Broad-based distributor Ingram Micro has cut 12 staff as it fights to maintain profitability in the face of ever-shrinking margins.
Steve Rust, MD of Ingram Micro Australia, said 12 staff had been made redundant on Friday, 23 January, as part of an ongoing drive to purge inefficiencies from the Australian subsidiary.
Some 13 heads had been scheduled to roll but one was re-absorbed into another Ingram Micro role, he said.
Rust said Ingram faced a constant struggle to maintain business value in the face of distribution's continually-shrinking margins.
'What we're really doing is improving some of the efficiencies in our organisation, because we are constantly trying to find ways to do more than less,' he said. 'Margins have been pretty skinny.'
In its drive for a leaner, meaner distribution machine over the last few years, Ingram Micro globally had adopted the Six Sigma business process improvement methodology made famous by General Electric, he said.
A central tenet of Six Sigma is to remove hindrances to customer satisfaction and quality one by one, thus approaching a 'zero-defect' business methodology as closely as possible.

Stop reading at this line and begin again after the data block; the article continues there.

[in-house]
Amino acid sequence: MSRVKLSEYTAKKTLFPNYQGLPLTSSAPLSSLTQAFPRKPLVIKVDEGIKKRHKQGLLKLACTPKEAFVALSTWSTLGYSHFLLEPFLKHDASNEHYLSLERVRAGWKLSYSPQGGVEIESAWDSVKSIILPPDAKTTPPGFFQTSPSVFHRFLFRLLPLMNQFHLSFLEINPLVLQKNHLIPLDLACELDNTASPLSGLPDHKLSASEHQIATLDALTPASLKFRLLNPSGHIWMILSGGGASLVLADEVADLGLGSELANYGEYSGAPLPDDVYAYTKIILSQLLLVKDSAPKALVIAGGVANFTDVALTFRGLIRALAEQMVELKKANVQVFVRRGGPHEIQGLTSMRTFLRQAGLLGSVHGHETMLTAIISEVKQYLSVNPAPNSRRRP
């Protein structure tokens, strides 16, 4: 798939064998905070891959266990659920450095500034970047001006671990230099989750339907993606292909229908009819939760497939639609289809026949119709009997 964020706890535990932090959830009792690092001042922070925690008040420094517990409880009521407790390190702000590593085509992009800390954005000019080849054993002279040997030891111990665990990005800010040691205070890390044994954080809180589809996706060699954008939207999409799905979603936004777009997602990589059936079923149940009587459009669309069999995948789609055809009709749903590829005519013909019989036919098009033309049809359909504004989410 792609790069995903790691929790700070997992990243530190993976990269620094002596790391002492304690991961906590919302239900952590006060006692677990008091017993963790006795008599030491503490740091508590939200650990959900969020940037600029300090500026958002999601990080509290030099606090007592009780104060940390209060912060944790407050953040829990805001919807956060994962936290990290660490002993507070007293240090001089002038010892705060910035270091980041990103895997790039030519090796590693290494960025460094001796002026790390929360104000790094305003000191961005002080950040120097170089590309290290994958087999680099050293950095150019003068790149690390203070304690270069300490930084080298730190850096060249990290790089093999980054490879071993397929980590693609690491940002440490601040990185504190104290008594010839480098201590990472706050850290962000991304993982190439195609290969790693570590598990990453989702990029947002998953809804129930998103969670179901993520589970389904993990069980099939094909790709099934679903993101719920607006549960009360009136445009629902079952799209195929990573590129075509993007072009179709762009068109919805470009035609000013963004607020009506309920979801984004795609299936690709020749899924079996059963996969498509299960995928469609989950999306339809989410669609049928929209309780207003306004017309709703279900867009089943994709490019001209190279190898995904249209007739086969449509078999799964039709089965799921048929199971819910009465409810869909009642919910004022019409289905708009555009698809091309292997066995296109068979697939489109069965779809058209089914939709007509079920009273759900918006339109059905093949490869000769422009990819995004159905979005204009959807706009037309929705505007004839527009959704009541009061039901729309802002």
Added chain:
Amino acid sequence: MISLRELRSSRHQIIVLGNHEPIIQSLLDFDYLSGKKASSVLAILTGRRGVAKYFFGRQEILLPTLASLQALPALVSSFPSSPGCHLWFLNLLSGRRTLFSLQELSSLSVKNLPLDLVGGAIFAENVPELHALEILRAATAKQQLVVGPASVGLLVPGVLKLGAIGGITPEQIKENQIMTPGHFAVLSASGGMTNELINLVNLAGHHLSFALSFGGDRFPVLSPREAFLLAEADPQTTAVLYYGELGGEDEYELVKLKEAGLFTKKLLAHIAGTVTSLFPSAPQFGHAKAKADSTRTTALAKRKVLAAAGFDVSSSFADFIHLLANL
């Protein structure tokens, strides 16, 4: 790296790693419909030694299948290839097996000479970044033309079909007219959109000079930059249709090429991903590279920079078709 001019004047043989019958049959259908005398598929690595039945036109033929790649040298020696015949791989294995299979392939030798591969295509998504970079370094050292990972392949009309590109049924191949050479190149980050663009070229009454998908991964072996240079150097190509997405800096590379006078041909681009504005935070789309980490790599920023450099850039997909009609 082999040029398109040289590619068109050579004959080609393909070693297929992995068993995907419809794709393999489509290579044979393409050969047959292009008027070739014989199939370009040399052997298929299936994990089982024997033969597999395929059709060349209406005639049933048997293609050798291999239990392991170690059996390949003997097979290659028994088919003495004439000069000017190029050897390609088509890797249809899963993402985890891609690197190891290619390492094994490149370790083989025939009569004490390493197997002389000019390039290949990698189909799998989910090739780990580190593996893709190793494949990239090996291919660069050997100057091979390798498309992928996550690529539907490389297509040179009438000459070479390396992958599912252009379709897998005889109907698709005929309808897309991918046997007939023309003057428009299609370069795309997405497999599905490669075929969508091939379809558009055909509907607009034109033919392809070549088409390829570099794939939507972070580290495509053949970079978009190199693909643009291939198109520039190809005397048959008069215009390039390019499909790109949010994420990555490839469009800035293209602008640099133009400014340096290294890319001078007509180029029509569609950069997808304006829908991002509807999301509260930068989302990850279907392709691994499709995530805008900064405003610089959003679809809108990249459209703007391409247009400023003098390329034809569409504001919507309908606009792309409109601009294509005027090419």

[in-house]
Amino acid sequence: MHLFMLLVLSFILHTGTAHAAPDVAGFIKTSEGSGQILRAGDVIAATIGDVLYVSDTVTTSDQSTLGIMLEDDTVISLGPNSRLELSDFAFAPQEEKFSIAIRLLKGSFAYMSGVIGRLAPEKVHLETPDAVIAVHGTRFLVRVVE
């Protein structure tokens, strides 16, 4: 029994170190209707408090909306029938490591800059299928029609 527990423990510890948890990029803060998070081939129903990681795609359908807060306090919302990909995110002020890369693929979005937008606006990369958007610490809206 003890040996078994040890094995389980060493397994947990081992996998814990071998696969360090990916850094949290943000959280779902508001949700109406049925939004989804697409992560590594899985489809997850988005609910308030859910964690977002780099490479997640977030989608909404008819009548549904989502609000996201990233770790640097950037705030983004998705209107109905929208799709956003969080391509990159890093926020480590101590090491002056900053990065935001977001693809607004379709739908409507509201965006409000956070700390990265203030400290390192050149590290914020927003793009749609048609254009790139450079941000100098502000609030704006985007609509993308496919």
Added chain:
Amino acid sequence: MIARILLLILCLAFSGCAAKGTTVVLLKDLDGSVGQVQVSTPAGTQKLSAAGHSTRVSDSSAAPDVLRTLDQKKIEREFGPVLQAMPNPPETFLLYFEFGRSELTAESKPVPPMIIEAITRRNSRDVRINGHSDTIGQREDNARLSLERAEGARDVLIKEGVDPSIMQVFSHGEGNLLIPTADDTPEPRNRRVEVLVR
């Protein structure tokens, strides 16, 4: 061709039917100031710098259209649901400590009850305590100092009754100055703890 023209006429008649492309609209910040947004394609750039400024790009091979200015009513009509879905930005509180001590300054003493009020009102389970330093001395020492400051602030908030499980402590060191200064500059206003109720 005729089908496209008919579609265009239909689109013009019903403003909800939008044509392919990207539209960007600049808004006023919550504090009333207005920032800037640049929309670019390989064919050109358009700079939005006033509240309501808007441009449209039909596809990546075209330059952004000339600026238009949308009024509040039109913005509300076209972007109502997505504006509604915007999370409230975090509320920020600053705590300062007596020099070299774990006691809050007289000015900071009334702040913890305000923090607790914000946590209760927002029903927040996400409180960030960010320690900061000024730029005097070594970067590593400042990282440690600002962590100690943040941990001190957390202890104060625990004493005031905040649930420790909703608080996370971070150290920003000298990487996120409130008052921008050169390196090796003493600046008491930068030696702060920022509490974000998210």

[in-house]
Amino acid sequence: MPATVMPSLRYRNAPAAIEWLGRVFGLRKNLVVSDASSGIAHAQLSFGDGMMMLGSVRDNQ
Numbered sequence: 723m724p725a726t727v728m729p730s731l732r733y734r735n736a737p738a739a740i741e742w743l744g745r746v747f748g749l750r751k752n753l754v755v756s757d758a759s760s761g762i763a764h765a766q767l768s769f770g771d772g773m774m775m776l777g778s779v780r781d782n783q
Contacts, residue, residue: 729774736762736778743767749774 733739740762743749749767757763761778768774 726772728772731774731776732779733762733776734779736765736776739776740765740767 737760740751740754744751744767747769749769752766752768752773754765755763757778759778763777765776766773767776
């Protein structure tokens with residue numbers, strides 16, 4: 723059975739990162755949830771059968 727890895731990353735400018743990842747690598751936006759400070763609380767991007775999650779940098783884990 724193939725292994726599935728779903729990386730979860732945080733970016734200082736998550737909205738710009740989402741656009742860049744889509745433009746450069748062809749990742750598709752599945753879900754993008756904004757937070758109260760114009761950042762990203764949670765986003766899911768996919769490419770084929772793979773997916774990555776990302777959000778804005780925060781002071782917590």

'It's a very rigorous methodology and a lot of Fortune 500 companies use it, and in the IT industry, companies such as Microsoft, HP and Toshiba,' Rust said.
Ingram in Australia had recruited Six Sigma Blackbelt-certified Graham Cockerton as GM to hone its local edge. 'We've got to have people who know how to do this,' he said.
Rust said business process improvement also required investment - it was not purely about cutting costs. Greater efficiencies were sought across the board, he said.
For example, Ingram Micro Australia had launched a new website in October that was already improving communications with its customers and partners, he said.
'Nobody's prepared to pay for inefficiencies,' Rust said. 'Our customers expect us to manage that ... The integration between our suppliers and sales and our warehousing operations is a very intimate inter-relationship.'
Ingram Micro had also taken on Chilean expert Cristian Contreras as a specialised e-commerce manager, Rust said.
Also, some $200,000 was spent in December on expanding Ingram's Melbourne distribution centre - a move that should please Victorian resellers who wanted more product for same-day delivery, he said.
'We have actually more than doubled our capacity in Melbourne and did that over Christmas,' he said.
However, January 2004 has so far reaped higher rewards for Ingram than expected.
'January has got off pretty strongly. Our business is over 20 percent up on January last year - starting with 5 January this year and it was across the board, so I'm hopeful,' Rust said.
Ingram Micro expects 2004 basically to continue the trends of 2003, with 'anything around mobility', LCD screens, convergent products, desktop replacement, notebooks and PDAs/mobile phones tipped to do well, he said.
'Traditional products around servers and desktops, particularly desktops, is going to still be a tough market as the average price declines,' Rust said.